SALT LAKE CITY — A federal judge has rejected a request to remove an ankle monitoring device for a defendant in a massive fraud case involving a member of the Kingston polygamous family — so she can wear certain socks.
Sally Kingston's request was denied in an order on Friday by U.S. District Court Judge Jill Parrish.
"In the absence of evidence demonstrating that Sally Kingston may not wear the required socks underneath her ankle monitor, the court DENIES her motion to modify the conditions of her release," Judge Parrish wrote.
It is unknown exactly why Kingston wants her ankle monitoring device removed. Her attorneys filed the request under seal, meaning it is not publicly accessible. However, the U.S. Attorney's Office for Utah responded publicly in its own filing and said "Defendant seeks to have her ankle monitor removed because her ankle monitor interferes with her ability to wear certain socks."
"Government counsel communicated that the United States would be amenable to not objecting to Ms. Kingston’s request if we were provided with, among other things, an explanation regarding why she cannot wear the socks while she is on the ankle monitor. While the attachments to her motion establish that Ms. Kingston needs to wear the socks, the government has not received an explanation regarding why the ankle monitor cannot be adjusted to allow Ms. Kingston to wear the socks underneath her ankle monitor," assistant U.S. Attorney John Sullivan wrote.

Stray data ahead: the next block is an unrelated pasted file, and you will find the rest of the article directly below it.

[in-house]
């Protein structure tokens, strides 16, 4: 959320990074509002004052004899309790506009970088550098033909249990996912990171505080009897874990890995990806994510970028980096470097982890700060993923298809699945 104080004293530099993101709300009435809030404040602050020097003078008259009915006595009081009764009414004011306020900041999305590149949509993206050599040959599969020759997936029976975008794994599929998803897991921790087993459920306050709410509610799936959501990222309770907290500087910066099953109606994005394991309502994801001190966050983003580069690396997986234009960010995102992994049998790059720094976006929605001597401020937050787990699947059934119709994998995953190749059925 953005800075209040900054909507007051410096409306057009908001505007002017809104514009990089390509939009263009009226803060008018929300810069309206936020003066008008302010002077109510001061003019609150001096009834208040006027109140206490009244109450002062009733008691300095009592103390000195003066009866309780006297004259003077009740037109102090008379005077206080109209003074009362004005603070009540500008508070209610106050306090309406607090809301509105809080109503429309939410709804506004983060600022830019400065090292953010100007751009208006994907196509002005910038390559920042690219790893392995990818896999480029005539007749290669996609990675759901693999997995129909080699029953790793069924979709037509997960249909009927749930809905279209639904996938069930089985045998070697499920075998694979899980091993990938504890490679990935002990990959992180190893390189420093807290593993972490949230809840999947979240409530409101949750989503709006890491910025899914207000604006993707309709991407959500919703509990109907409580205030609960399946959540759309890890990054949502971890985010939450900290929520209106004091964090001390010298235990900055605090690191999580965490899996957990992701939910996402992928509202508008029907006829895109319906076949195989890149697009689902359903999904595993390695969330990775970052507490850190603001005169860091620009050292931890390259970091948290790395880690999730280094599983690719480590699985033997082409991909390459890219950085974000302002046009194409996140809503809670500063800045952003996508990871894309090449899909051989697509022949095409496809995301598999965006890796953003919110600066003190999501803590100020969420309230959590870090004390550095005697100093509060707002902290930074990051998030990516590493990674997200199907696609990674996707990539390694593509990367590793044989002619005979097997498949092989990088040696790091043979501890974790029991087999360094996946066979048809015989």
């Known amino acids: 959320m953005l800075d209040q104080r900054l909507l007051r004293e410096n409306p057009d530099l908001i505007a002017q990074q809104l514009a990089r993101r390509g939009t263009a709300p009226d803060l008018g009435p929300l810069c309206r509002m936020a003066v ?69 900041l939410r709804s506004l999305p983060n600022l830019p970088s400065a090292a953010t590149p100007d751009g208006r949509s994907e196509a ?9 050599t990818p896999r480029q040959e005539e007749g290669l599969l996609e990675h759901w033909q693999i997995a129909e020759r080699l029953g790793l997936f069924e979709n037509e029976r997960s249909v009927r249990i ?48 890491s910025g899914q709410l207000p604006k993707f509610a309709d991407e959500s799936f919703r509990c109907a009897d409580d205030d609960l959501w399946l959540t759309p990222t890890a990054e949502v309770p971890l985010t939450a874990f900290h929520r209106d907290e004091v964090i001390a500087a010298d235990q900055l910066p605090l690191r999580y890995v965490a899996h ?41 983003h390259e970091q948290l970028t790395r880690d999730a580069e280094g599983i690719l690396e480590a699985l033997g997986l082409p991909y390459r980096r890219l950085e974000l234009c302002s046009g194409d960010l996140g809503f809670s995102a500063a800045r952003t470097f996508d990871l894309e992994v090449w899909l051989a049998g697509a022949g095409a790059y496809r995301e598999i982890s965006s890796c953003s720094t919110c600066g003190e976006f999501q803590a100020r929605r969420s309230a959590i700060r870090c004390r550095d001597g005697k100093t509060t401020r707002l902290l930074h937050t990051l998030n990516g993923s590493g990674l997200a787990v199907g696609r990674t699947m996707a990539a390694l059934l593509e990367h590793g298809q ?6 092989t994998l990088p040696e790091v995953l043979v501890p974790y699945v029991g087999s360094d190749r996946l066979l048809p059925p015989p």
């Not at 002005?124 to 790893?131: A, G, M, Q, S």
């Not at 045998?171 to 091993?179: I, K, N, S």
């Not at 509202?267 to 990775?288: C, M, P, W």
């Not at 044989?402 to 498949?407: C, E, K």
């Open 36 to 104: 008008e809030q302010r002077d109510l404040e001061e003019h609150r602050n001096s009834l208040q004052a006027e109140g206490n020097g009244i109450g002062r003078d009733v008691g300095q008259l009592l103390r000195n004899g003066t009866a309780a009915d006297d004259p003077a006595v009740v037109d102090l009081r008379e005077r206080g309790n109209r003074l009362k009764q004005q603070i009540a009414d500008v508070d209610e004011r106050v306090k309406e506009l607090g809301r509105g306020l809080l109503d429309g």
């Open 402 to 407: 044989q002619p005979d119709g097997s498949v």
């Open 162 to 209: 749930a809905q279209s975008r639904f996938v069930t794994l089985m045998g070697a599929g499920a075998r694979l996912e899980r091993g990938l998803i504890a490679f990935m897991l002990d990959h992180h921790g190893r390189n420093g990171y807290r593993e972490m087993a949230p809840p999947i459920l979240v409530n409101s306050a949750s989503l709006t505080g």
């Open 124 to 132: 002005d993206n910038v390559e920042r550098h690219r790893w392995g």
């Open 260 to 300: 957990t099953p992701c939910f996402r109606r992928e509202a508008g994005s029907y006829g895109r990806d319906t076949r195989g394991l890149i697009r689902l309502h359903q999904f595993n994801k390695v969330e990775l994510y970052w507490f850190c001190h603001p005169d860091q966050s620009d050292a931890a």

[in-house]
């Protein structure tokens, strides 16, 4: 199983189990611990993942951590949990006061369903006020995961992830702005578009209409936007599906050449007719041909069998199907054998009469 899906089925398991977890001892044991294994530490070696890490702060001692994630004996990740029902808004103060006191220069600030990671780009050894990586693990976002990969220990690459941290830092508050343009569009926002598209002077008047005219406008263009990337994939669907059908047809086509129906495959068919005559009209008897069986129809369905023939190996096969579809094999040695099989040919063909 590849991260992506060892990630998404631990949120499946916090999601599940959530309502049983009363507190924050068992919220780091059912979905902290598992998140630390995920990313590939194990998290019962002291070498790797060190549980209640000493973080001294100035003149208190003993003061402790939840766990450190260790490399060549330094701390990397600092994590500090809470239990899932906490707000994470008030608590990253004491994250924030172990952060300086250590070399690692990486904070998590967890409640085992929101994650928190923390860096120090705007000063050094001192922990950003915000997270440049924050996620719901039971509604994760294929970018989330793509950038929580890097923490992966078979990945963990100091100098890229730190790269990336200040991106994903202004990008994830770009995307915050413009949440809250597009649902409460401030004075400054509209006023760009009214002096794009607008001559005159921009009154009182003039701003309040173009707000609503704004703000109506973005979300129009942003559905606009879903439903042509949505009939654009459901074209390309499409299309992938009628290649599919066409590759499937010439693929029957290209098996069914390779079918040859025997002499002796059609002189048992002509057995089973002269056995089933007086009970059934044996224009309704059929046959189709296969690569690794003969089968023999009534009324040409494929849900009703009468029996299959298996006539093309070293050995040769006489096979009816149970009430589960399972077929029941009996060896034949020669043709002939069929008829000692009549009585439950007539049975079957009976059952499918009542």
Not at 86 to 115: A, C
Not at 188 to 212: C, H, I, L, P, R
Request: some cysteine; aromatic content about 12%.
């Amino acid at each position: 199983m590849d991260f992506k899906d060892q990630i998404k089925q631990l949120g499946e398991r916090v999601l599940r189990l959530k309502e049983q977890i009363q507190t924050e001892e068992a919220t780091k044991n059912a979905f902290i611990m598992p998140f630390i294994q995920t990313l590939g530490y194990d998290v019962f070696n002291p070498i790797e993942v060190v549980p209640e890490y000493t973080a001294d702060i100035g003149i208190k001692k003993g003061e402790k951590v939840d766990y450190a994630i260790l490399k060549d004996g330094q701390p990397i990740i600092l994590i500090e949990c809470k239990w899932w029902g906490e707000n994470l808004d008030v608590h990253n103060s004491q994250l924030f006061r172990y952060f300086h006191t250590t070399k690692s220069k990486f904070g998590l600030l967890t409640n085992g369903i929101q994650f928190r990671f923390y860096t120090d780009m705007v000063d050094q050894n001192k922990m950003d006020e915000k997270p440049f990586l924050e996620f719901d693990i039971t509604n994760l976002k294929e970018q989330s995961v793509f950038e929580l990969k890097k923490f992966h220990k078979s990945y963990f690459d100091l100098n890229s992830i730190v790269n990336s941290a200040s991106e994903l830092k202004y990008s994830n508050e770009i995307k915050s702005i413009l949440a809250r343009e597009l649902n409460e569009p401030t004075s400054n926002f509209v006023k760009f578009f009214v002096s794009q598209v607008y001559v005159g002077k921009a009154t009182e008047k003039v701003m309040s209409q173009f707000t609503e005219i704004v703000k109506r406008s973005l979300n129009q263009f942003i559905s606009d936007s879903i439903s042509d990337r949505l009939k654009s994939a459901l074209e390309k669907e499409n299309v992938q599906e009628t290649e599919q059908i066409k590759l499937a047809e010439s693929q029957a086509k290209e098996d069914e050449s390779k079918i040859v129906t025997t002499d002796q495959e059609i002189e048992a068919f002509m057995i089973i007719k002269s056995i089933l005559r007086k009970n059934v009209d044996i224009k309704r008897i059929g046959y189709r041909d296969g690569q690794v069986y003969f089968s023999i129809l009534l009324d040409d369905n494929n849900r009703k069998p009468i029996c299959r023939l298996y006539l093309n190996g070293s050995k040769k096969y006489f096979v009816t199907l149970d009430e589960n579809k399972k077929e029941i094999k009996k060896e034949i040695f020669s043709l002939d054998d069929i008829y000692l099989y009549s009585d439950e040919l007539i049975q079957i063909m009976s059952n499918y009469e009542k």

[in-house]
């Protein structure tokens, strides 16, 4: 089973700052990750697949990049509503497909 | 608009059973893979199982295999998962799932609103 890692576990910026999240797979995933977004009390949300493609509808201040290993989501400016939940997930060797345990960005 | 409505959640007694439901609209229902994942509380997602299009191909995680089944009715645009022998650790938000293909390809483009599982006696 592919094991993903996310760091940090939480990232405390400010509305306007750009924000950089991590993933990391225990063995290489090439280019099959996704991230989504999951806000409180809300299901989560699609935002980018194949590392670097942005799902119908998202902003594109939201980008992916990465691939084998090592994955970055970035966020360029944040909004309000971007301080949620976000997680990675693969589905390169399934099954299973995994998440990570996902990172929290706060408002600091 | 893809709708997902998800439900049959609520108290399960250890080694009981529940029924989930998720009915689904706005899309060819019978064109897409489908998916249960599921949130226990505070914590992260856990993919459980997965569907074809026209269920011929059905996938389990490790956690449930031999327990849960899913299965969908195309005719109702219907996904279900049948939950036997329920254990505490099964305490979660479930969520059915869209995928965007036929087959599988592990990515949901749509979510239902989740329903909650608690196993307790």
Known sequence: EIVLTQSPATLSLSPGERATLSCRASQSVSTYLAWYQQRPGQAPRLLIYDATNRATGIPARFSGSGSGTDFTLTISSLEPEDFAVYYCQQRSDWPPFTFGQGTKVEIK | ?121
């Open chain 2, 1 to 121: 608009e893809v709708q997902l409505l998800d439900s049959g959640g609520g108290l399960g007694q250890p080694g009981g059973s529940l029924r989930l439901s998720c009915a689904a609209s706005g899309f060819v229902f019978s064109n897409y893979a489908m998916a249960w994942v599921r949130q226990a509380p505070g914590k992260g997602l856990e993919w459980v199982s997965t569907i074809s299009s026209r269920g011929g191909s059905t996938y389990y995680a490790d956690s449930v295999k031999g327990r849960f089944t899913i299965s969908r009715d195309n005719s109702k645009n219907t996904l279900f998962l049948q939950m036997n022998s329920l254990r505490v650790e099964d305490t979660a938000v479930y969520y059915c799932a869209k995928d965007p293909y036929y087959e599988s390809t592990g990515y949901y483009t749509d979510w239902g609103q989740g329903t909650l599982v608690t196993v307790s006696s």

In some instances, people wear specific types of socks or tights for medical or religious reasons.
Kingston, the wife of Washakie Renewable Energy CEO Jacob Kingston, pleaded guilty in 2019 to mail fraud conspiracy and money laundering charges. She was among a number of members of the Kingston polygamous family convicted in what federal authorities have alleged is a half-billion tax fraud scheme involving Washakie Renewable Energy. It stems from a 2016 raid by federal agents on properties tied to the Kingston polygamous group.
The Kingstons, who are members of the Davis County Cooperative Society, one of Utah's largest polygamous groups, were big contributors to many Utah politicians, including Utah Attorney General Sean Reyes. He initially put campaign contributions aside and then later admitted to spending the money. That became an issue in the 2020 election where Reyes was re-elected to office.